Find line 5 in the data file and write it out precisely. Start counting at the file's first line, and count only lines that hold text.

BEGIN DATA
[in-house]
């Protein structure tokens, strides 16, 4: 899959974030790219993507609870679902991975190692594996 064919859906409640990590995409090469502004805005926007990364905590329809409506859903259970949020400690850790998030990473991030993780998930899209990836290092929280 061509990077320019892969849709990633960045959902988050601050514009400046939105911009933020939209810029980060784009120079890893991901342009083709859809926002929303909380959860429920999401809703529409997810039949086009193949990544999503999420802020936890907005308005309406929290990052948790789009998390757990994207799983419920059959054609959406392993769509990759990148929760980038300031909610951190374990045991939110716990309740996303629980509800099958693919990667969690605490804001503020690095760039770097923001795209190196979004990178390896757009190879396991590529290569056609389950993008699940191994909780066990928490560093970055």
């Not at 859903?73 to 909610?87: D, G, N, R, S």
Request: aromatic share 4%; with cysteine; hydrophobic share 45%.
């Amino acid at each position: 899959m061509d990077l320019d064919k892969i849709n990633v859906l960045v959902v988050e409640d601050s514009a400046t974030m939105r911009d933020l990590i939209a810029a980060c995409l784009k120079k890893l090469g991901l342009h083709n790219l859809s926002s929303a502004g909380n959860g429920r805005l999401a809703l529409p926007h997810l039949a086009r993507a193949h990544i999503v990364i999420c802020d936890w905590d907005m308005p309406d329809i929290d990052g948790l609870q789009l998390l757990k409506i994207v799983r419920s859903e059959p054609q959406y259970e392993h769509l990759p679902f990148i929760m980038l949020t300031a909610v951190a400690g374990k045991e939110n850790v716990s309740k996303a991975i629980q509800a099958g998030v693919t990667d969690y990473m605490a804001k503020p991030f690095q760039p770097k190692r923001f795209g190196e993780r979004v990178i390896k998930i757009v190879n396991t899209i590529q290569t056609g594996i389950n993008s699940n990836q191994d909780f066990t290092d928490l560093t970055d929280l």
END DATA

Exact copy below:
């Amino acid at each position: 899959m061509d990077l320019d064919k892969i849709n990633v859906l960045v959902v988050e409640d601050s514009a400046t974030m939105r911009d933020l990590i939209a810029a980060c995409l784009k120079k890893l090469g991901l342009h083709n790219l859809s926002s929303a502004g909380n959860g429920r805005l999401a809703l529409p926007h997810l039949a086009r993507a193949h990544i999503v990364i999420c802020d936890w905590d907005m308005p309406d329809i929290d990052g948790l609870q789009l998390l757990k409506i994207v799983r419920s859903e059959p054609q959406y259970e392993h769509l990759p679902f990148i929760m980038l949020t300031a909610v951190a400690g374990k045991e939110n850790v716990s309740k996303a991975i629980q509800a099958g998030v693919t990667d969690y990473m605490a804001k503020p991030f690095q760039p770097k190692r923001f795209g190196e993780r979004v990178i390896k998930i757009v190879n396991t899209i590529q290569t056609g594996i389950n993008s699940n990836q191994d909780f066990t290092d928490l560093t970055d929280l």